If you are interested in blogging or want to promote your book, please contact E. B. Davis at writerswhokill@gmail.com.


February Interviews













2/5 Heather Weidner, Glitter, Glam, and Contraband
2/12 Rhys Bowen, Above The Bay of Angels
2/19 Elizabeth Penney, Hems & Homicide
2/26 Annette Dashofy, Under The Radar


Saturday Guest Bloggers:
2/1 Valerie Burns
2/8 Jeannette de Beauvoir
2/15 Kathryn Lane

WWK Bloggers: 2/22 Kait Carson, 1/28 & 1/29 Special Interviews with Agatha Nominees by Paula Gail Benson

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WWK is proud of our four Agatha nominees. Kaye George for Best Short Story--not her first time to be nominated, Connie Berry and Grace Topping for Best First Mystery Novel (wish they weren't having to compete against each other), and Annette Dashofy for Best Contemporary Novel--her fifth nomination!


Congratulations to our writers for the following publications:

Look for Kaye George and Margaret S. Hamilton's short stories in the new Mid-Century Murder by Darkhouse Books. Kaye's story is "Life and Death on the Road" and Margaret's story is titled "4BR/3.5BA Contemporary."


Kaye George's first novel in the Vintage Sweets mystery series, Revenge is Sweet, will be released on March 10th. Look for the interview here on March 11.


Grace Topping's second novel in Laura Bishop staging series, Staging Wars, will be released by Henery Press on April 28th. Look for the interview here on April 29th.


Don't miss Shari Randall's "The Queen of Christmas" available on at Amazon. Shari's holiday story for WWK was too long so she published it for our enjoyment. It's available for 99 cents or on Kindle Unlimited for free!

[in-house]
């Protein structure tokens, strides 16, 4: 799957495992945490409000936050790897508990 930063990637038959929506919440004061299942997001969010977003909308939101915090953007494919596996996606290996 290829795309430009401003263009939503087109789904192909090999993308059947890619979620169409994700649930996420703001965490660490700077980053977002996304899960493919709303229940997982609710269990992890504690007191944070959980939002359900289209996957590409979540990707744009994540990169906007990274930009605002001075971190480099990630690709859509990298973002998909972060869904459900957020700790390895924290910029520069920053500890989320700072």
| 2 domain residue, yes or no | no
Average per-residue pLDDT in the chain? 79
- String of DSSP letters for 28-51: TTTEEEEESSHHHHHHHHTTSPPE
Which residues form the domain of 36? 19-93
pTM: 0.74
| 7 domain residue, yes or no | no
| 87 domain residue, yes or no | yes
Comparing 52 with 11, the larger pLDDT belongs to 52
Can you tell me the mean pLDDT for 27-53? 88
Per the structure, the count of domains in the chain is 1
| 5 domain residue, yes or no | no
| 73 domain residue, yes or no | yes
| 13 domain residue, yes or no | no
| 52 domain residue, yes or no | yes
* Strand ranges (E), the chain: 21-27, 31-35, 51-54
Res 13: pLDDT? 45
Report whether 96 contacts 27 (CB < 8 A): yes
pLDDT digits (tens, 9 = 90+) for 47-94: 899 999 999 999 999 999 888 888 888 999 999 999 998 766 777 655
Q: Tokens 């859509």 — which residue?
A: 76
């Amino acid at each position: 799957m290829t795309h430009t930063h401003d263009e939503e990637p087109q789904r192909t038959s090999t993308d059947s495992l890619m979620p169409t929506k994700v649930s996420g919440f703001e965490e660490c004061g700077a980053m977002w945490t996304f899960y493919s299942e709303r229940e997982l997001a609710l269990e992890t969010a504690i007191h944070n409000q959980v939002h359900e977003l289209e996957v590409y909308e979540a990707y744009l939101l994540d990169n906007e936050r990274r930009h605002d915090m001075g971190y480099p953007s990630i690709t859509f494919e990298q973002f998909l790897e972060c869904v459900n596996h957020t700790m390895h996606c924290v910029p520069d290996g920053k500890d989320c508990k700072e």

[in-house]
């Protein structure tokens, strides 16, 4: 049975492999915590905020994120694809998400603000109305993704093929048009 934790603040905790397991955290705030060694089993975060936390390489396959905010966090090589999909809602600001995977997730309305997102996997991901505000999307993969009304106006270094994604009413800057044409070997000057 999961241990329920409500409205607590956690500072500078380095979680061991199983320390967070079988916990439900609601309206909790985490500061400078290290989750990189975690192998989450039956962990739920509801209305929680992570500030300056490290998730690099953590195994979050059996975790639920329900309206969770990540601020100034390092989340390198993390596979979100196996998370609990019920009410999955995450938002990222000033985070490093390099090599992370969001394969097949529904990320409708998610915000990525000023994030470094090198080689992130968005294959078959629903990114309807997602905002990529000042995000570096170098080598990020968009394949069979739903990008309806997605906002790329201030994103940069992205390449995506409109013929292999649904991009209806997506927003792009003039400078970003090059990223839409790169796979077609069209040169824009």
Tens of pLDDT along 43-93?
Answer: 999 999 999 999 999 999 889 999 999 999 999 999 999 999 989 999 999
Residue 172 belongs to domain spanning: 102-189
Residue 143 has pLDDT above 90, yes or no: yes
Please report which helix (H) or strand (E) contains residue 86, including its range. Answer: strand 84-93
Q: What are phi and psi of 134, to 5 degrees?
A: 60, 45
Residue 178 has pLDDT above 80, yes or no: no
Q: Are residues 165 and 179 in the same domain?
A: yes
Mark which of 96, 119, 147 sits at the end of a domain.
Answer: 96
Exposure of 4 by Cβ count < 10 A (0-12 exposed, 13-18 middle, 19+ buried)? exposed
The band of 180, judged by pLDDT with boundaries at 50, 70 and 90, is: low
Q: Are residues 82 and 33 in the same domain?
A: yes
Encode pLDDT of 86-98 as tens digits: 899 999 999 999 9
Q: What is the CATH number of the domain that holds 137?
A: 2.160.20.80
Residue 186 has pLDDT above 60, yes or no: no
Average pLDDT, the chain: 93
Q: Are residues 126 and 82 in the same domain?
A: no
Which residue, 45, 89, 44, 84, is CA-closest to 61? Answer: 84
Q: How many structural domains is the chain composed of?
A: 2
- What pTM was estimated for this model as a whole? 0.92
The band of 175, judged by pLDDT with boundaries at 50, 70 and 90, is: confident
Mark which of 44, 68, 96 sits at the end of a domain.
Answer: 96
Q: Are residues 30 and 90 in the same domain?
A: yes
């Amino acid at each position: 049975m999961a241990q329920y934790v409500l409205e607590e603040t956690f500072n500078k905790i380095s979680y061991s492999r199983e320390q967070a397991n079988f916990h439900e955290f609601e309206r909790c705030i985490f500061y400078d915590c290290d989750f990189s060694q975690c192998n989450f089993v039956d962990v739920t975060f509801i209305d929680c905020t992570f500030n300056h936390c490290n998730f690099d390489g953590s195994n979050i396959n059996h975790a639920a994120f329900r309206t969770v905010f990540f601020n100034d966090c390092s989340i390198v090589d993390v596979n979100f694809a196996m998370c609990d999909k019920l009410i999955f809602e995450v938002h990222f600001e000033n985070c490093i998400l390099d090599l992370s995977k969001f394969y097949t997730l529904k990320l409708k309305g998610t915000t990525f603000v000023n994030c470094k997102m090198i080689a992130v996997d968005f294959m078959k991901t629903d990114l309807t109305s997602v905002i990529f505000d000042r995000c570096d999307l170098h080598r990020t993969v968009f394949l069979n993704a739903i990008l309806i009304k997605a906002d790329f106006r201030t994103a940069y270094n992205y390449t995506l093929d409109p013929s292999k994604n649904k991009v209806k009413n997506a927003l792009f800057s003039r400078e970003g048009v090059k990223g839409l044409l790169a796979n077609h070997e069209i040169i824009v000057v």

KM Rockwood's "The Society" and "To Die A Free Man; the Story of Joseph Bowers" are included in the BOULD Awards Anthology, which was released on November 19. KM won second place with a cash prize for "The Society." Congratulations, KM! Kaye George's "Meeting on the Funicular" is also in this anthology, which can be bought for 99 cents on Kindle until November 30.


Paula Gail Benson's story "Wisest, Swiftest, Kindest" appears in Love in the Lowcountry an anthology by the Lowcountry Romance Writers available 11/5 in e-book and print format on Amazon. The anthology includes fourteen stories all based in Charleston, South Carolina.


Kaye George's "Grist for the Mill" was published in A Murder of Crows anthology, edited by Sandra Murphy on October 9th.



Shari Randall will be writing again for St. Martin's, perhaps under a pseudonym. We look forward to reading Shari's Ice Cream Shop Mystery series debuting next year. Congratulations, Shari!

Susan Van Kirk's A Death At Tippett Pond was released on June 15th. Read E. B. Davis's interview with Susan.

Warren Bull's Abraham Lincoln: Seldom Told Stories was released. It is available at: GoRead: https://www.goread.com/book/abraham-lincoln-seldom-told-stories or at Amazon: https://tinyurl.com/ydaklx8p

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Sunday, August 4, 2013

The Waiting is the Hardest Part




For all the waiting in publishing, the worst is realizing you aren’t waiting on anything.

I’m paraphrasing, but that’s a quote from one of my wise writer buds, Dahlia Adler. And it’s extremely accurate, I think.

I recently finished the first draft of my latest manuscript. I wrote it faster than any other manuscript I’ve ever written — 92,000 words in about 10 weeks of part-time writing (and full-time working and life, of course). Not because I had a crazy deadline, but more because the thing just shot out of my fingertips. I couldn’t write the words fast enough, though no one was really waiting on it.

I’m happily blitzing through revisions now, but soon, very soon, the wait begins.

First, the wait to see what my critique partners say.

Then more revision.

Next, the wait to see what beta readers say.

Then more revision.

And the wait to see what my agent says.

Then (probably) more revision.